Scroogle worked by “scraping” the Google search results from http://www.google.com/ie, a service for Internet Explorer 6 users. Google has decided to discontinue that service redirect it to the Google Toolbar search service. That’s causing issues for Scroogle.

Google told the Wall Street Journal that the change had nothing to do with blocking Scroogle, despite the fact that scraping Google’s search results is technically against Google’s terms of service – so Google has every right to block Scroogle. In fact, Google did block Scroogle soon after they launched, for a little while.

Now, when you use the Scroogle web site, you sometimes get a notice that the search results won’t work due to a change. But it appears Scroogle may be back in business using an alternative service, perhaps http://www.google.com/search?output=ie.

Scroogle launched in 2003 not as a privacy protection service but rather as a way for site owners to check on whether they’d lost rankings due to a major search algorithm change at the time. Many site owners felt Google had somehow “screwed” them with the change, which also happened around the Christmas shopping period — making Google to some “Scrooge” like. Hence the name, Scroogle.


#12

We have the numbers, and we are smarter, which is why Comcast is so desperate: they can smell the big money, but it is still just out of their reach.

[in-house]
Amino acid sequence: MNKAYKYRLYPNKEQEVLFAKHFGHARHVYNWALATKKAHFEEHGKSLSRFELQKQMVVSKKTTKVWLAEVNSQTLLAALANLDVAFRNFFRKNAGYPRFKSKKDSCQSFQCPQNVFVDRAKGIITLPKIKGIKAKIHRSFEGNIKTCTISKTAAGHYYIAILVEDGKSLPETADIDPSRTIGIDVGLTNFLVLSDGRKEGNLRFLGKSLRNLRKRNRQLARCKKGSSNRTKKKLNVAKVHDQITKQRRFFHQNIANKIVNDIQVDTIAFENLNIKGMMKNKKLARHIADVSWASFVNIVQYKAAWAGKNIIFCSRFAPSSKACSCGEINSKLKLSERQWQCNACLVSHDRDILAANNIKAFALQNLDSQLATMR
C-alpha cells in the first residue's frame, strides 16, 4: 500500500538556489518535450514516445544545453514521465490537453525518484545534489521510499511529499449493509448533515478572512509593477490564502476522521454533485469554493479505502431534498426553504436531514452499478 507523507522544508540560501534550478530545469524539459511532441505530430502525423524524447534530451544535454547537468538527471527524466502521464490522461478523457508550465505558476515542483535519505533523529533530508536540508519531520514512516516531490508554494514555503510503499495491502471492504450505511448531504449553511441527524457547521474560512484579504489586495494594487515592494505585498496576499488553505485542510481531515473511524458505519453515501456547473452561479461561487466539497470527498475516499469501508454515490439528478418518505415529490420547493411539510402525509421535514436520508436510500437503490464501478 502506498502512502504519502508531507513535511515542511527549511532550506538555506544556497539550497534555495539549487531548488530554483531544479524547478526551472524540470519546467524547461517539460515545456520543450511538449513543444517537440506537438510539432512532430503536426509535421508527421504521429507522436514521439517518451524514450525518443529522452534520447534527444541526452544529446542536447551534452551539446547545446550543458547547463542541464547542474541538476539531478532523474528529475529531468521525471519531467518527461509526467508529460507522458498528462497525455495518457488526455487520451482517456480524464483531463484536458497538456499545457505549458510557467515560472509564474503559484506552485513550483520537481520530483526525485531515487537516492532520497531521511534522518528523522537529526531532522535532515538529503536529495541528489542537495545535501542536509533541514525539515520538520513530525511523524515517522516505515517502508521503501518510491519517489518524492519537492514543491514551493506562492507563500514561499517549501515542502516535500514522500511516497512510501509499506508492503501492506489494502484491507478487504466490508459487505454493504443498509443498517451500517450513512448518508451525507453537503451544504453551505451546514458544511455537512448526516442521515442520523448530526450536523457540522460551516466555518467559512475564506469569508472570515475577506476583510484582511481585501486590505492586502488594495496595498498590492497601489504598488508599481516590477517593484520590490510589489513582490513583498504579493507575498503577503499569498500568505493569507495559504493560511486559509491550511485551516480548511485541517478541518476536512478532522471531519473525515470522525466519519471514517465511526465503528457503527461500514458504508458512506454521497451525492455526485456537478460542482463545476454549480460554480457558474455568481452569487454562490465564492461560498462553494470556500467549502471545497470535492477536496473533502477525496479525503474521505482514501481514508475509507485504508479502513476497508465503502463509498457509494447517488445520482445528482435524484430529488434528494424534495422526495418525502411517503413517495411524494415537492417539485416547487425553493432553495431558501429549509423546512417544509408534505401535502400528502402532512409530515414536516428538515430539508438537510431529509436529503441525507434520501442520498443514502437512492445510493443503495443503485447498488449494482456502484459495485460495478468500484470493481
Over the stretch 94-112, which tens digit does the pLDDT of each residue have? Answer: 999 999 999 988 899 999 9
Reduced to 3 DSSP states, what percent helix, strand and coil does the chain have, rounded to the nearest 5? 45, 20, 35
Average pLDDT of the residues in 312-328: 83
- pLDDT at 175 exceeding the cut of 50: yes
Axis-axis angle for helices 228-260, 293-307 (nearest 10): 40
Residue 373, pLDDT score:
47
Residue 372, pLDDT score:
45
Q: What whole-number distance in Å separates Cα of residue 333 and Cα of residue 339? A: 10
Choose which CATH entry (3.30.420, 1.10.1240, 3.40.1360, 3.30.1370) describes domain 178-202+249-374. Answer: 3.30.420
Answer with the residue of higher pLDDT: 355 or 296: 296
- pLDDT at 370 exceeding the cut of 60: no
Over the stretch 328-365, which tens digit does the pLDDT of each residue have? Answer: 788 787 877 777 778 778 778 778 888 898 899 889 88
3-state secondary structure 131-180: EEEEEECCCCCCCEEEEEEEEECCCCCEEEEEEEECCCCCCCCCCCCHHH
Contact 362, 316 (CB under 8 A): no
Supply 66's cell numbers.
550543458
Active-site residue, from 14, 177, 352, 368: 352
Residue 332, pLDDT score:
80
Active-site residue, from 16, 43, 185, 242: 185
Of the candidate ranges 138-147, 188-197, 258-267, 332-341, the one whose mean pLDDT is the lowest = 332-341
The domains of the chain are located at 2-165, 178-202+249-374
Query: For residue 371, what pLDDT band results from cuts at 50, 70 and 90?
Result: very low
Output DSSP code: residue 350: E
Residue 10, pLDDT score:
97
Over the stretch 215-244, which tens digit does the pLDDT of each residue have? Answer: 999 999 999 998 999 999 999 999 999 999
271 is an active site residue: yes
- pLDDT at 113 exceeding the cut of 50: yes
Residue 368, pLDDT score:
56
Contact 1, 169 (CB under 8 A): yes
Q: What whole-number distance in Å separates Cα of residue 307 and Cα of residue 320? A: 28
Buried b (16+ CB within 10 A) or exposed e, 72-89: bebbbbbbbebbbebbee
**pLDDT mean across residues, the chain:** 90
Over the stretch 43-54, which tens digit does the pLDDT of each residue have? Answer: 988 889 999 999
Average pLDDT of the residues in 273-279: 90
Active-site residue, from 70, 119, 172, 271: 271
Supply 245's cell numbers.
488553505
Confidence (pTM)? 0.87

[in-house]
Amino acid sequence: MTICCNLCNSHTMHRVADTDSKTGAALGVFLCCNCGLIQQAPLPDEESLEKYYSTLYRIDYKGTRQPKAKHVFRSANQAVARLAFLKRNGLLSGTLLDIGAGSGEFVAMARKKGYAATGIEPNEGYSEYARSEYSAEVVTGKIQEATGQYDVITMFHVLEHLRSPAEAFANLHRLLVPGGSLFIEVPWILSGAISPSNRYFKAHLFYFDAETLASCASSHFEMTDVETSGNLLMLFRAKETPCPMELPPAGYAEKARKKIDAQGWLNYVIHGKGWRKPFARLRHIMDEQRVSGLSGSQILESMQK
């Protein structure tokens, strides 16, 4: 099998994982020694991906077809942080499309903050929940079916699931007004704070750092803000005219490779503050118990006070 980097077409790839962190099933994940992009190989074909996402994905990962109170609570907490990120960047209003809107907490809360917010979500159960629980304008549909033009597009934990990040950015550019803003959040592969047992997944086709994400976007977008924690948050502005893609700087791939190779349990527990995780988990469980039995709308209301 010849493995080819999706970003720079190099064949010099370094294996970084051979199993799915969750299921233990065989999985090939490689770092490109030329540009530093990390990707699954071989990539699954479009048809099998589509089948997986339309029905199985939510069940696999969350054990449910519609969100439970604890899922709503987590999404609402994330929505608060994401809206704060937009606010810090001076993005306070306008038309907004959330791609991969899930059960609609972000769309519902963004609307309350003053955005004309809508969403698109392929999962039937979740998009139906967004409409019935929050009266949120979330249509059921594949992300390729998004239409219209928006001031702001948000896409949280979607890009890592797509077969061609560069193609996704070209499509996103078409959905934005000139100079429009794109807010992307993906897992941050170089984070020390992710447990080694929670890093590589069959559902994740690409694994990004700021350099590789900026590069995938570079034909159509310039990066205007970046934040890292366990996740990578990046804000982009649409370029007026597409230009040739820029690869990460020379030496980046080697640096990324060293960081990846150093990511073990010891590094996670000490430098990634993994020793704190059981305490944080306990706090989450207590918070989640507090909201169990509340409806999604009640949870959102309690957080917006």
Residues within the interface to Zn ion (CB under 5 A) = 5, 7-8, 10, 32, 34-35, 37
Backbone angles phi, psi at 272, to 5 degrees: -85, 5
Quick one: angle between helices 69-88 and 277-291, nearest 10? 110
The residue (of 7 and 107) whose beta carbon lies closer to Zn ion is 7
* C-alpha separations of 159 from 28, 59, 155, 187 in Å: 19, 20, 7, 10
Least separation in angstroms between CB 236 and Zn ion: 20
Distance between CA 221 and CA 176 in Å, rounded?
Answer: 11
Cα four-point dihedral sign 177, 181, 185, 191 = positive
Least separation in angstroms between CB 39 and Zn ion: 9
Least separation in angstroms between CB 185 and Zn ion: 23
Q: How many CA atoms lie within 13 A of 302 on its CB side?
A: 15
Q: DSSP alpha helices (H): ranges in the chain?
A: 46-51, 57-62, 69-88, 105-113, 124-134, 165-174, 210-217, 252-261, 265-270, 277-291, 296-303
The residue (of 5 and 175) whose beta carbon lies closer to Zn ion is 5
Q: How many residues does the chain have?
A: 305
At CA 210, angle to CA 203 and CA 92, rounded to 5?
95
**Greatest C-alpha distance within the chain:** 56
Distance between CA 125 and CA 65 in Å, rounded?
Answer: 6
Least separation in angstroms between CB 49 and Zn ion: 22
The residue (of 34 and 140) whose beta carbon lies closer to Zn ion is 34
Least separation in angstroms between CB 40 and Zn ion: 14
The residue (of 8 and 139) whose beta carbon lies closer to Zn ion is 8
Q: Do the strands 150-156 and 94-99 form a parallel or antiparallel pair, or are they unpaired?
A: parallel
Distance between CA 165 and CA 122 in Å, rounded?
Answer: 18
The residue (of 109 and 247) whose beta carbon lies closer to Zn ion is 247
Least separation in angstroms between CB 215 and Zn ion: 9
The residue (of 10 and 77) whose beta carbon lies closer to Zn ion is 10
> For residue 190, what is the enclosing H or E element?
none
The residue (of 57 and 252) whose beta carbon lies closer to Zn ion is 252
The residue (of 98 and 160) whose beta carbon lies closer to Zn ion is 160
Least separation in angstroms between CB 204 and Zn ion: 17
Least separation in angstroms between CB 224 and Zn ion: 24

Look, we can do a simple thing, which happens to have already been a proven success. A small town in Mass. has been operating a town-wide free WIFI. They pay COMCAST a fee, but only for its modest role as a old time utility, a bunch of wires pretending to be a high tech entity. Since individual citizens are not billed for their internet service, they can give Comcast the finger. So the status quo is in favor of the citizen-warriors in this town.

If enough townships do the same, the combined purchasing power will humble Comcast. We still have to take them down, but that is a drawn out political process. In the mean time, we can act, and have a lot of fun doing it.The start up cost is low, and free WIFI is a big hit.


#13

If left unregulated, a natural consequence of capitalism is greater and greater tendency to monopolize. We're seeing it in the telecom industry and now the Internet. The Comcast's of the world are unable to compete on a level playing field. So that have to cheat their way to greater profits.


#14

Don't take this crap from these corporate monsters just cancel your Comcast account!! Screw these bastards!!


#15